• Provide additional support for the college application process: Beyond helping students and families with a general understanding of all of the steps of the college preparation process, students who will be the first in their families to attend college will likely need additional layers of support during the college application process. Without a family member who understands the nuances of the process, applying to college can feel overwhelming. To mitigate these feelings and to keep students on track for their postsecondary plans, counselors can work to establish scaffolds that can support students through each step. Counselors might work with students to create a calendar or deadlines; help families understand the costs associated with applications and identify funding support if needed; seek support from English teachers to help brainstorm and review essays and create resumes; and set up mock interviews to help students practice interview responses and etiquette. 
  • Provide targeted support to apply for financial aid and understand award letters: The financial aid components of the college planning process are challenging to fully grasp, even for those with previous experience with the process. First generation college students and their families will likely require additional support completing the FAFSA, deciphering financial aid packages, and determining how to finance college. Counselors can be instrumental in communicating with families about how to maximize financial support and make the best choice for their family to ensure that finances are not a barrier college attendance. Because of the personal nature of financial conversations and all of the variables to consider, counselors might choose to communicate with students and families one-on-one to provide the most individualized information and support possible. 
  • Use first generation alumni as a resource: Deciding to go to college when others in your family have not can bring about feelings of tremendous pressure to succeed and even a sense of guilt or betrayal to others who have not had the same opportunities. Counselors can provide a critical lifeline for these students by helping them to connect with mentors who have experienced being a first generation college student, themselves. These individuals can serve as role models for students–discussing their own path and what they did to overcome challenges–with their mindsets, sense of self, and navigating the logistics of their college journey.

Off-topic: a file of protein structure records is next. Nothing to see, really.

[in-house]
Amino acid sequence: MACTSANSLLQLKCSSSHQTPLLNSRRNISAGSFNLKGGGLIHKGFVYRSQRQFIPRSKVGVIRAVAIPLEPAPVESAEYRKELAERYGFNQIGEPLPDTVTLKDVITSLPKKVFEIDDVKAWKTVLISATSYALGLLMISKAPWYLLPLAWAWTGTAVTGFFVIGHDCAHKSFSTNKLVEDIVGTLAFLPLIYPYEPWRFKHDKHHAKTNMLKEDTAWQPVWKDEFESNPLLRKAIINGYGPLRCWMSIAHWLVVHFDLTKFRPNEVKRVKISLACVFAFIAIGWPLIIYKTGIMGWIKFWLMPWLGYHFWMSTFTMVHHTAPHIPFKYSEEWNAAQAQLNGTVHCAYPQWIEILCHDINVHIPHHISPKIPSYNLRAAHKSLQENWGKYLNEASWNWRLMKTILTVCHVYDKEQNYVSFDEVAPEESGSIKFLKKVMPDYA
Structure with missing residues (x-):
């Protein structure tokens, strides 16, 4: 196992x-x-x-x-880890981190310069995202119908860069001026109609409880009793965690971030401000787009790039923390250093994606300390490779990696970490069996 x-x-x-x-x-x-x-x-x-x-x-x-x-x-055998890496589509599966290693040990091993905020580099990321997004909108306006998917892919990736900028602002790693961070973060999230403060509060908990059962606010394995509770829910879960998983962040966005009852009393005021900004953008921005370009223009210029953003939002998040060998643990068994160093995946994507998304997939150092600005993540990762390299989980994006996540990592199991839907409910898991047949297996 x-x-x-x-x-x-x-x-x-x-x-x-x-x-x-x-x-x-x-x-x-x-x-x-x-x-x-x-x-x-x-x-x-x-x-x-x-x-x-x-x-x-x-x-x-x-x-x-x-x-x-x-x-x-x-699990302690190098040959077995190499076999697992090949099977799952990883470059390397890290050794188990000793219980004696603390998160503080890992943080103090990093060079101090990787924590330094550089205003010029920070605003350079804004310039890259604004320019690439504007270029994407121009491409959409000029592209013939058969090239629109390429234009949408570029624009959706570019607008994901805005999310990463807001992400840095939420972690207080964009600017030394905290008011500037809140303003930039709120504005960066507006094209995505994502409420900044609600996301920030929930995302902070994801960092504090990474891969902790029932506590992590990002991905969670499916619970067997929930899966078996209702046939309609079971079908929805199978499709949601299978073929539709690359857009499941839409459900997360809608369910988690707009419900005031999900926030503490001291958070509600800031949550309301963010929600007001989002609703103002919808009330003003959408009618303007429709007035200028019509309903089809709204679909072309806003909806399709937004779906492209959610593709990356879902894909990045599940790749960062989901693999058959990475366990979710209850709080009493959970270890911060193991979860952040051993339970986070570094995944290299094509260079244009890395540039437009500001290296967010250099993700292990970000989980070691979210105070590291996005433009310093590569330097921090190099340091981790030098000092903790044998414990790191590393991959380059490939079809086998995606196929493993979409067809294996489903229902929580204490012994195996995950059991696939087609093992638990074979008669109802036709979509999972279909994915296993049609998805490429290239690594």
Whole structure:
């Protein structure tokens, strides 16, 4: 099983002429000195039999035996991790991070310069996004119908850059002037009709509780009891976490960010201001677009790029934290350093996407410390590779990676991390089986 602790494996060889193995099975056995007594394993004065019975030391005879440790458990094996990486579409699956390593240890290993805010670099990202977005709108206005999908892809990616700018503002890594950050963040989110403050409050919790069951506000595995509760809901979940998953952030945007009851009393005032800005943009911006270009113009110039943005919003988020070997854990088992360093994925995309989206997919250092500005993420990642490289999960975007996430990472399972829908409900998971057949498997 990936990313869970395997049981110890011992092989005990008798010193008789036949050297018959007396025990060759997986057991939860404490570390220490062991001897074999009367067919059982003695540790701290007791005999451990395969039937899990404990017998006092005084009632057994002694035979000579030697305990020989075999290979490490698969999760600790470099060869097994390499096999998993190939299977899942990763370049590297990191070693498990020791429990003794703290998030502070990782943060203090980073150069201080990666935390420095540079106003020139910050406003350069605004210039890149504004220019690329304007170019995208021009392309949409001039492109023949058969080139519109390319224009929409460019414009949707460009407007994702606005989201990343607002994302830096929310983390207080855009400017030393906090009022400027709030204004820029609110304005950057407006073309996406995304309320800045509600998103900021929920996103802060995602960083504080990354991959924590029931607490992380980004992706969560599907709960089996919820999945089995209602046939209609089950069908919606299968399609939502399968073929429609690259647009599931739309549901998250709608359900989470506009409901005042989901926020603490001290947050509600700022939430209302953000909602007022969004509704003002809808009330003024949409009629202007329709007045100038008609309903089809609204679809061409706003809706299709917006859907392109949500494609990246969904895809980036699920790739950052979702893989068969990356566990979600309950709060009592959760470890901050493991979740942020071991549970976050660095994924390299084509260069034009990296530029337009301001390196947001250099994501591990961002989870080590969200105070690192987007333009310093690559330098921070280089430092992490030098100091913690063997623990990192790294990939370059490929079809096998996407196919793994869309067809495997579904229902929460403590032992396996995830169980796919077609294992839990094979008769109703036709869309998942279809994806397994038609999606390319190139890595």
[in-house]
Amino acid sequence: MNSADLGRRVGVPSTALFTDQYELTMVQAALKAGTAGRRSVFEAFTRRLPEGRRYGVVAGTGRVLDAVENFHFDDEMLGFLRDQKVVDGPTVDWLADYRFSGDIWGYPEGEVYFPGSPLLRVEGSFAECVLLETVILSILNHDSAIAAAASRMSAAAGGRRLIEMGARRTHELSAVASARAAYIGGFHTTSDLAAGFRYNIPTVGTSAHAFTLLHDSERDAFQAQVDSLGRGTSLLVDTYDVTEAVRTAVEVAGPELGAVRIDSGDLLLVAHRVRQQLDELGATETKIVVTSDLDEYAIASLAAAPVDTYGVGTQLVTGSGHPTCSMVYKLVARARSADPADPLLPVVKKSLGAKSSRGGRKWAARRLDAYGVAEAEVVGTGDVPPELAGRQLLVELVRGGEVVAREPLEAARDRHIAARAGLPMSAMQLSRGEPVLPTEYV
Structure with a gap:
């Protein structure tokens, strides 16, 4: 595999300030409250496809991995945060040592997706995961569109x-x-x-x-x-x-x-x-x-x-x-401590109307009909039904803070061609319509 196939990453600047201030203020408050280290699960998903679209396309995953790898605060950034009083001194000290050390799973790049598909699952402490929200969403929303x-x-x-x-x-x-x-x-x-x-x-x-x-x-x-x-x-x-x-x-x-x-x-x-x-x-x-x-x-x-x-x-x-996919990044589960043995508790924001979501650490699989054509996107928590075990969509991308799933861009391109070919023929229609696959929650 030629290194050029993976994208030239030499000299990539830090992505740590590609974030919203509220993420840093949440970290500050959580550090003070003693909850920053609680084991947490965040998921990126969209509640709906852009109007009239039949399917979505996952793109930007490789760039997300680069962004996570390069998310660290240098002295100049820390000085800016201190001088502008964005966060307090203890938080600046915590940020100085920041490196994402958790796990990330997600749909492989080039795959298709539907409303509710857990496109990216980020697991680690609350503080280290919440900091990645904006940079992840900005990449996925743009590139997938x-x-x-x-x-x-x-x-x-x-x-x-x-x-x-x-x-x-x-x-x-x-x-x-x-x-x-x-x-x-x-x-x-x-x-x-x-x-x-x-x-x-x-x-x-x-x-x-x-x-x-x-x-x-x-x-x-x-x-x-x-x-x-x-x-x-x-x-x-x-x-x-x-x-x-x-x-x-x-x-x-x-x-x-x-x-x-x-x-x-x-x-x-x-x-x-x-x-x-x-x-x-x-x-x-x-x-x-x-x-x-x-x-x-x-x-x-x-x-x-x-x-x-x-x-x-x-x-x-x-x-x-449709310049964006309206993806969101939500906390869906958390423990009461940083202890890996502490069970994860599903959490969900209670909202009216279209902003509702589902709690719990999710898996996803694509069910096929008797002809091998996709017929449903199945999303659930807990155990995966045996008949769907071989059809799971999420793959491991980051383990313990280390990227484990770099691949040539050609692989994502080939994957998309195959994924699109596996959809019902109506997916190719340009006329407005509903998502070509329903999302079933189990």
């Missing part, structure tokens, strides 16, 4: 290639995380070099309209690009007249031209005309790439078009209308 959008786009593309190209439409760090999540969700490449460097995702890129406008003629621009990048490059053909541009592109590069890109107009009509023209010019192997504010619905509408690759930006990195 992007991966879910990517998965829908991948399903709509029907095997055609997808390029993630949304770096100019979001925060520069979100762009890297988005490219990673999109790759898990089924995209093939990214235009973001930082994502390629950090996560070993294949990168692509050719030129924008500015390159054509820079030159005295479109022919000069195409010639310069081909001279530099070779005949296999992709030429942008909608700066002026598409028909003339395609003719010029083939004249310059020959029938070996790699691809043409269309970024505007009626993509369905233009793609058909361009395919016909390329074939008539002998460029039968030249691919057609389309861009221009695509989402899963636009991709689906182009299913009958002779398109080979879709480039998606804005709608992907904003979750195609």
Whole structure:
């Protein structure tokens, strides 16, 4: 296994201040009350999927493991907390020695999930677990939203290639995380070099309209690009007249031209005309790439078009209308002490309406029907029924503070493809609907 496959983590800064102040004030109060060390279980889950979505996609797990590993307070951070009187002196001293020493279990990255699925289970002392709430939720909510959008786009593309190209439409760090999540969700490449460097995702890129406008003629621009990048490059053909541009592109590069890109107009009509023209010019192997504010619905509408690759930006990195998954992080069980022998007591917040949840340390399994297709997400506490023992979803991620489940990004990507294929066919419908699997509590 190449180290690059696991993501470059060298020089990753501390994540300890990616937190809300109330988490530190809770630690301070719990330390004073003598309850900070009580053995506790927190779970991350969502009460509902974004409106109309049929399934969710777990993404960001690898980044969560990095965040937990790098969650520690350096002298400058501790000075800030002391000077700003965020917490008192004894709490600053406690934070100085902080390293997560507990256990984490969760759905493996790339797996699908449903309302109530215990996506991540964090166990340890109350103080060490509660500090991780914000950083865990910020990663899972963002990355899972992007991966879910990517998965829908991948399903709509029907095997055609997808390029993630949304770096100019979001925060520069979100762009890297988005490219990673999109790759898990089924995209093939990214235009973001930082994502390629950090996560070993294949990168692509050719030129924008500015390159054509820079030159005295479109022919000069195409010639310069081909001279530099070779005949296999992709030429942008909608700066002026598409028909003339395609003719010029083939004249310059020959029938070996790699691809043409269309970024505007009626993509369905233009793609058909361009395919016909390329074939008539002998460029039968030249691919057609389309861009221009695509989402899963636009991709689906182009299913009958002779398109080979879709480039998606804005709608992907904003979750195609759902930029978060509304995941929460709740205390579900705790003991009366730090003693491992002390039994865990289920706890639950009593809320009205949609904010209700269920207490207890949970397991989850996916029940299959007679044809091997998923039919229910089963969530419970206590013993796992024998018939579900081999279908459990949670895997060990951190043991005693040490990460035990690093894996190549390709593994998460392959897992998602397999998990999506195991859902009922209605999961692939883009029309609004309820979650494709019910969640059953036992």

• Connect to resources that will help with college persistence: Many students have family members–both immediate and extended–who have gone to college and are equipped to support their journey. For first generation college students, these systems of support are often not as large or able to fully relate to the experience. Counselors can help connect students to support at their future college–including personal introductions to counselors and mentors as well as an overview of available resources. This targeted support can help students unfamiliar with what to expect build a foundation of tools and connections that can sustain them during their college experience. 

Counselors have the power to change lives.

Supporting first generation college-going students to attain and then succeed in higher education yields powerful outcomes at many levels. There are tangible, positive results from the success of the individual student, as well as improvement in the long-term trajectory of their extended families and community. Counselors perform a critical role in realizing these dreams–they can bring awareness, enable access, and help create systems of support that can be game changers for these students. 

The steps counselors take–in creating processes and providing supports and resources–make a profound difference for first generation students and can be a model for CCR best practices. Scaled and applied to all students, these kinds of resources, support, and guidance can ensure that students from all backgrounds are able to realize their full postsecondary potential.